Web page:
One of the key features that earned the region its World Heritage Site status is the perfect blend of Hindu-Muslim architecture seen in many of the buildings. The Great Mosque (Jami Masjid) is said to have served as a model for later mosque architecture in India. Both towns contain several Jain temples, mostly belonging to the Digmabar sect. Some of the other attractions include prehistoric (chalcolithic) sites, a hill fortress of an early Hindu capital, ruins of fortifications, palaces, religious buildings, residential precincts, agricultural structures and water installations, from the 8th to 14th centuries.

The Western Ghats
Running parallel to the western coast of India, for nearly 1600 km, the Western Ghat or the Sahyadri mountain range is older than the Himalayas. It is considered as one of the eight hot spots of biological diversity in the world, largely owing to its endemicity. There are many flora and fauna found here which are not found anywhere else in the world. According to the UNESCO citation, at least 325 globally threatened (IUCN Red Data List) species occur in the Western Ghats.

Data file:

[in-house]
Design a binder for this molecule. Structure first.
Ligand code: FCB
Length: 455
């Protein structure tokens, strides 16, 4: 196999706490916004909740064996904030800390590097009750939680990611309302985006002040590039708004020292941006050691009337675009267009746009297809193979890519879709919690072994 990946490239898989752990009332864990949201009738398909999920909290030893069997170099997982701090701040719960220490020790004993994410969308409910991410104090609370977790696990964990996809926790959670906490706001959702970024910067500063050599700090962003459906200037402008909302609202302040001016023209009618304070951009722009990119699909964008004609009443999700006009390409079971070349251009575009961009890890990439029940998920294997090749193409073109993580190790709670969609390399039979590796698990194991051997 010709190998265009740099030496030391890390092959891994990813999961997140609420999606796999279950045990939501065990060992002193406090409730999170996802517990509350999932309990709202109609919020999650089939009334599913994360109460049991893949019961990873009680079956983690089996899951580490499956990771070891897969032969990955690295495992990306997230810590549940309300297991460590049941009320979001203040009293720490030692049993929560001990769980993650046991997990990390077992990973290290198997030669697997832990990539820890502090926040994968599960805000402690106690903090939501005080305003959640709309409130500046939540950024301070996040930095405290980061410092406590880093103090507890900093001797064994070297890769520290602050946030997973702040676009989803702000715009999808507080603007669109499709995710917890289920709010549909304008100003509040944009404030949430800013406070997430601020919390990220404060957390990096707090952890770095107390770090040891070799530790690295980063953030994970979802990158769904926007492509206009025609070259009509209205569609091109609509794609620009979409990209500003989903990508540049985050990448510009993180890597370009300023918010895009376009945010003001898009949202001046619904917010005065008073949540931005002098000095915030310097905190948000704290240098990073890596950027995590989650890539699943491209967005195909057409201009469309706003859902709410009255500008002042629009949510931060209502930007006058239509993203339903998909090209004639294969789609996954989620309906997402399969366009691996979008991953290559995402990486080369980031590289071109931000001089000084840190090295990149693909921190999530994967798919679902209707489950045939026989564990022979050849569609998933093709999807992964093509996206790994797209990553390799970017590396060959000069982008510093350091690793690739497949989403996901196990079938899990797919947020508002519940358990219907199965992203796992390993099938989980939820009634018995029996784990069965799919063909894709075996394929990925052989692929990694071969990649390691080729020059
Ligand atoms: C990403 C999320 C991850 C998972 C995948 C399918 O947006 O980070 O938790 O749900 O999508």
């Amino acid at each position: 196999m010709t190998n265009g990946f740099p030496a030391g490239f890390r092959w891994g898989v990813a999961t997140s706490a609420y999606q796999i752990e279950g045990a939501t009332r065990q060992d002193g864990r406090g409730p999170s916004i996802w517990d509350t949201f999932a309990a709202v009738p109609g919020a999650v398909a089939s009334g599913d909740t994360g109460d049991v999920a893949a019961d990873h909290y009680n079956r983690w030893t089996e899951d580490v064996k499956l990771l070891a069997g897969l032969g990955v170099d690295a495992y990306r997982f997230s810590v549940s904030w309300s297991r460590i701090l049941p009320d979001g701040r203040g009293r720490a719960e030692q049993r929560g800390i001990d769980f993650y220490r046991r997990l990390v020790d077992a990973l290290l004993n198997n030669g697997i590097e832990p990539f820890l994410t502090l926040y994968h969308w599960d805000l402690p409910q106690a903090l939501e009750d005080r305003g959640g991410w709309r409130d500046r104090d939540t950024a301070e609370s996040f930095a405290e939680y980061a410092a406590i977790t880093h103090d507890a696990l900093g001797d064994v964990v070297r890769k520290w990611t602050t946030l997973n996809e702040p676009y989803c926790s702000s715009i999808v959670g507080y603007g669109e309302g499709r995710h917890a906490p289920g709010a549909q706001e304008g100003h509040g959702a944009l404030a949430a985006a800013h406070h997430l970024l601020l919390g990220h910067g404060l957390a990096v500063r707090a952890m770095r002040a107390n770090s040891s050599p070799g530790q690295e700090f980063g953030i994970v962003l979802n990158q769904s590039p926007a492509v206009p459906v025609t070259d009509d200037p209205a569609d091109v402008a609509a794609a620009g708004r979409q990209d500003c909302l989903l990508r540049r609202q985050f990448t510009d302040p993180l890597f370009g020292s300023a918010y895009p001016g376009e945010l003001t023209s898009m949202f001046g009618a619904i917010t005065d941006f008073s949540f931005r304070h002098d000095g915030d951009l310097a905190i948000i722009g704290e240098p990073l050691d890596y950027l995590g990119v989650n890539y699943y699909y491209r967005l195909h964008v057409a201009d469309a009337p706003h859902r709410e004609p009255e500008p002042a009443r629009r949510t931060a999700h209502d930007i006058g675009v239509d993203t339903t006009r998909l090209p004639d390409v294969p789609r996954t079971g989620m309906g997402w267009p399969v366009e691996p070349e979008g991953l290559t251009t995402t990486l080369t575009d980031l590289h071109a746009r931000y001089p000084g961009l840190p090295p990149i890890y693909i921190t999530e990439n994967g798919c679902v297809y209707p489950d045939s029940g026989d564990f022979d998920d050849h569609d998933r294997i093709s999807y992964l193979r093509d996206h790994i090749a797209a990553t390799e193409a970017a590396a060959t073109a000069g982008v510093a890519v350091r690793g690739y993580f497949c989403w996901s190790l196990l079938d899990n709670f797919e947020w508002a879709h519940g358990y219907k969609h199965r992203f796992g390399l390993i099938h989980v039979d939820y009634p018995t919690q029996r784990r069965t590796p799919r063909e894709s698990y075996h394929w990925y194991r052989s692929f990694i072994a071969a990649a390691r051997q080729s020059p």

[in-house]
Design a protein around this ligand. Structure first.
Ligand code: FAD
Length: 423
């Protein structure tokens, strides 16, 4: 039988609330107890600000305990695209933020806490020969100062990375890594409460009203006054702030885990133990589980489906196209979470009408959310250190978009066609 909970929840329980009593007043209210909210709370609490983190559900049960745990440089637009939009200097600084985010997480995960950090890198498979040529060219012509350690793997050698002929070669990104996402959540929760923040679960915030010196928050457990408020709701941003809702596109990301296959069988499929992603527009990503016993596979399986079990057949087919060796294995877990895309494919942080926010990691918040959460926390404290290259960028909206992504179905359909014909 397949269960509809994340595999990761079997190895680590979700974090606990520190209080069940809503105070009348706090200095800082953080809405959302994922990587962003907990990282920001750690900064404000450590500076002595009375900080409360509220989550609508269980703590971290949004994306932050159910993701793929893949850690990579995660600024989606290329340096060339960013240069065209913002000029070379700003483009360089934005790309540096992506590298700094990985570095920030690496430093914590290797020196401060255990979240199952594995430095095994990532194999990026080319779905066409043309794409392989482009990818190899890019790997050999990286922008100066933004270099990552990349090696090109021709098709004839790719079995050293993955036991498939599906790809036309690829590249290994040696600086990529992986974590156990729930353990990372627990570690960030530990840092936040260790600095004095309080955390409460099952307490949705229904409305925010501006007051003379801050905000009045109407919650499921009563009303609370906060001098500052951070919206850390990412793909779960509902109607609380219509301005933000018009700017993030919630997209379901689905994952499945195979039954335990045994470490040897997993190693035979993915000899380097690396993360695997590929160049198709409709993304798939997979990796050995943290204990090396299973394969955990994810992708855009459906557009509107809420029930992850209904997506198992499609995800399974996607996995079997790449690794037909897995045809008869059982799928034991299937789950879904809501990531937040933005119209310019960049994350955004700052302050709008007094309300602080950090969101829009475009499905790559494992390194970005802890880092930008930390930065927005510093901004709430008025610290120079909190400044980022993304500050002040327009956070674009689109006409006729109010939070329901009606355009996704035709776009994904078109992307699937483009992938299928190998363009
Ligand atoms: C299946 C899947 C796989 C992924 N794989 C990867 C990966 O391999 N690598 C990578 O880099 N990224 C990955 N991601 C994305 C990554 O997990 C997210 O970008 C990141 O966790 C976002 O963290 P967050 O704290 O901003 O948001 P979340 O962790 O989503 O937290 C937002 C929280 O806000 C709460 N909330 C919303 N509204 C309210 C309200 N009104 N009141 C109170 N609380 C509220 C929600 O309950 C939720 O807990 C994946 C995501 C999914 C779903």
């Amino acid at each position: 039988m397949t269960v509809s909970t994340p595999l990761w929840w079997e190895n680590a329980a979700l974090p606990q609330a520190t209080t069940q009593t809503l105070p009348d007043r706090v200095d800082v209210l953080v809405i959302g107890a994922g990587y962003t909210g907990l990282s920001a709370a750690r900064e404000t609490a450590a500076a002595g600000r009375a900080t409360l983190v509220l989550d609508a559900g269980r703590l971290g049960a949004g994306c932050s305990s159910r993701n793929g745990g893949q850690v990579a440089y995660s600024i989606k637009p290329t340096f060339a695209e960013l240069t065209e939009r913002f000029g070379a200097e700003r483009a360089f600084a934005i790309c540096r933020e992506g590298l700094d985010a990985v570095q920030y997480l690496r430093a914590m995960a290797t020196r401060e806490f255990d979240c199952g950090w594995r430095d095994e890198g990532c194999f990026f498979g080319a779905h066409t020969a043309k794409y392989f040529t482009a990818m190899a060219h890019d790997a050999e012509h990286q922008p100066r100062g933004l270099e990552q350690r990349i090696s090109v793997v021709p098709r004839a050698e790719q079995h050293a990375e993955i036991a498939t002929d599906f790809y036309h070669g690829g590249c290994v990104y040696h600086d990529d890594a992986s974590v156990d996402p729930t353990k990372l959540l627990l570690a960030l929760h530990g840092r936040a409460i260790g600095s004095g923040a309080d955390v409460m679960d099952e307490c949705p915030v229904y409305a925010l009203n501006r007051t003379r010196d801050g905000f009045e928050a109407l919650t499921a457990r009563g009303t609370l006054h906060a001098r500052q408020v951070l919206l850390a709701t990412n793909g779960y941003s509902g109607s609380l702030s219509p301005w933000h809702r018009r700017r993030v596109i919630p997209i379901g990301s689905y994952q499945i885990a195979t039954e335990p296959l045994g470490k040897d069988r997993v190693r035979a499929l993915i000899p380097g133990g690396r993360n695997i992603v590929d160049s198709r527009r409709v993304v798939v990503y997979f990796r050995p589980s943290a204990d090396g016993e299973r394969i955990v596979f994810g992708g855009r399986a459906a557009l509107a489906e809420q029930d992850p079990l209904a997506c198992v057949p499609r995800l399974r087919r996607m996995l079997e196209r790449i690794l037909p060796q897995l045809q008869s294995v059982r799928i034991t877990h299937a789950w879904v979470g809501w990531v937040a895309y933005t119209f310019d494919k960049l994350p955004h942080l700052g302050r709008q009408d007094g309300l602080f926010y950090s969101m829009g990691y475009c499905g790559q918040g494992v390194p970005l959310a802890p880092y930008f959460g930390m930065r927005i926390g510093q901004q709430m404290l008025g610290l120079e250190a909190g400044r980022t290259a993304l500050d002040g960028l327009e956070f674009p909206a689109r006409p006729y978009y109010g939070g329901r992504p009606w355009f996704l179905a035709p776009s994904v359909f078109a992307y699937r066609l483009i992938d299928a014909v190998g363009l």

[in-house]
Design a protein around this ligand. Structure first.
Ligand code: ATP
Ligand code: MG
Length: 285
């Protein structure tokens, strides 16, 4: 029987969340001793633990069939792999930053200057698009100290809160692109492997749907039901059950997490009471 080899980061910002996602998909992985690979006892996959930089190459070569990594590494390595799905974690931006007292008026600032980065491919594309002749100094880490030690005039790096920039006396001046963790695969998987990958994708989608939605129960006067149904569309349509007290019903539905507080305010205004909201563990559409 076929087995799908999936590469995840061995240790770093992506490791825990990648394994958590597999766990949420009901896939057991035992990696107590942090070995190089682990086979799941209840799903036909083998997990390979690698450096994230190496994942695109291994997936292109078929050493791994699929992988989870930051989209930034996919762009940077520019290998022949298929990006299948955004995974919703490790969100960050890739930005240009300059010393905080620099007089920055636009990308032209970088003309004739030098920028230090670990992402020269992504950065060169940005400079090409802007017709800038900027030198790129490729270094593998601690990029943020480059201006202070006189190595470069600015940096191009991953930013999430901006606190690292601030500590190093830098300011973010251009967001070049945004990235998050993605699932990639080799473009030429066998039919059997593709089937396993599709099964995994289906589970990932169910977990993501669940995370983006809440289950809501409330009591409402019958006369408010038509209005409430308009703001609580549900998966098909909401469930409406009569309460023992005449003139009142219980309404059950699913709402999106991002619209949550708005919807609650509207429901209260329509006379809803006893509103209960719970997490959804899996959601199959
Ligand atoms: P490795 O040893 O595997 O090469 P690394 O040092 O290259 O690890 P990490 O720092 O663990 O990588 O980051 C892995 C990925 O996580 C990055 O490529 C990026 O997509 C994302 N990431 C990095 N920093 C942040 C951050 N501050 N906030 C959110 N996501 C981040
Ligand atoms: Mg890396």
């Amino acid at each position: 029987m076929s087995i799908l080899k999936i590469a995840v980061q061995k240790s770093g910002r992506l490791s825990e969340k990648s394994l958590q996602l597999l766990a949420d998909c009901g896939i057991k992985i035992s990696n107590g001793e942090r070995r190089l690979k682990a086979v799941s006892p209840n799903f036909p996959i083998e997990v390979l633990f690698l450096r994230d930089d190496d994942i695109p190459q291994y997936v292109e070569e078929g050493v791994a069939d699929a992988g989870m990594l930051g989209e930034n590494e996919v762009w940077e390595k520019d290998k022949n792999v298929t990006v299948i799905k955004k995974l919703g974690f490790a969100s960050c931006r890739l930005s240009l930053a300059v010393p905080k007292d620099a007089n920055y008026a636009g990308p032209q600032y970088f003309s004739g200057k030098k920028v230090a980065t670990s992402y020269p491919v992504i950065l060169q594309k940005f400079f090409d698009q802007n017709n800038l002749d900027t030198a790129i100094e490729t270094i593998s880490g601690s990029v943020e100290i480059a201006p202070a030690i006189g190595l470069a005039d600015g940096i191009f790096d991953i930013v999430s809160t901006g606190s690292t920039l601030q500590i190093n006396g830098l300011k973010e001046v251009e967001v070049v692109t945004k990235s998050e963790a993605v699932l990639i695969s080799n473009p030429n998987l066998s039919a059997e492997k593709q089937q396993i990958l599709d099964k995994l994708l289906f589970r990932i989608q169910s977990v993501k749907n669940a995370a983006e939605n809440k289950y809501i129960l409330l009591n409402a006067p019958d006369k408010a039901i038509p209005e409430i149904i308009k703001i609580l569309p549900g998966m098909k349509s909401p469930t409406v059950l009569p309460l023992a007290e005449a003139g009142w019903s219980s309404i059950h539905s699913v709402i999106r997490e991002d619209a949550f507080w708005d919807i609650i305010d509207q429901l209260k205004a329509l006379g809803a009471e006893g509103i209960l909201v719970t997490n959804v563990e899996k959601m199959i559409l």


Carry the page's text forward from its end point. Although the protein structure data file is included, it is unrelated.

Starting from a point south of the Tapti River in Gujarat, it passes through Maharashtra, Goa, Karnataka and Kerala before terminating at Marunthuvazh Malai in Tamil Nadu. Of the 39 sites which have been inscribed as part of the Western Ghats World Heritage Site, some of the popular attractions include the Kas Pathar of Maharashtra, Thattekad Bird Sanctuary of Kerala, Nilgiri Biosphere Reserve of Tamil Nadu, Nagarhole National Park of Karnataka, etc.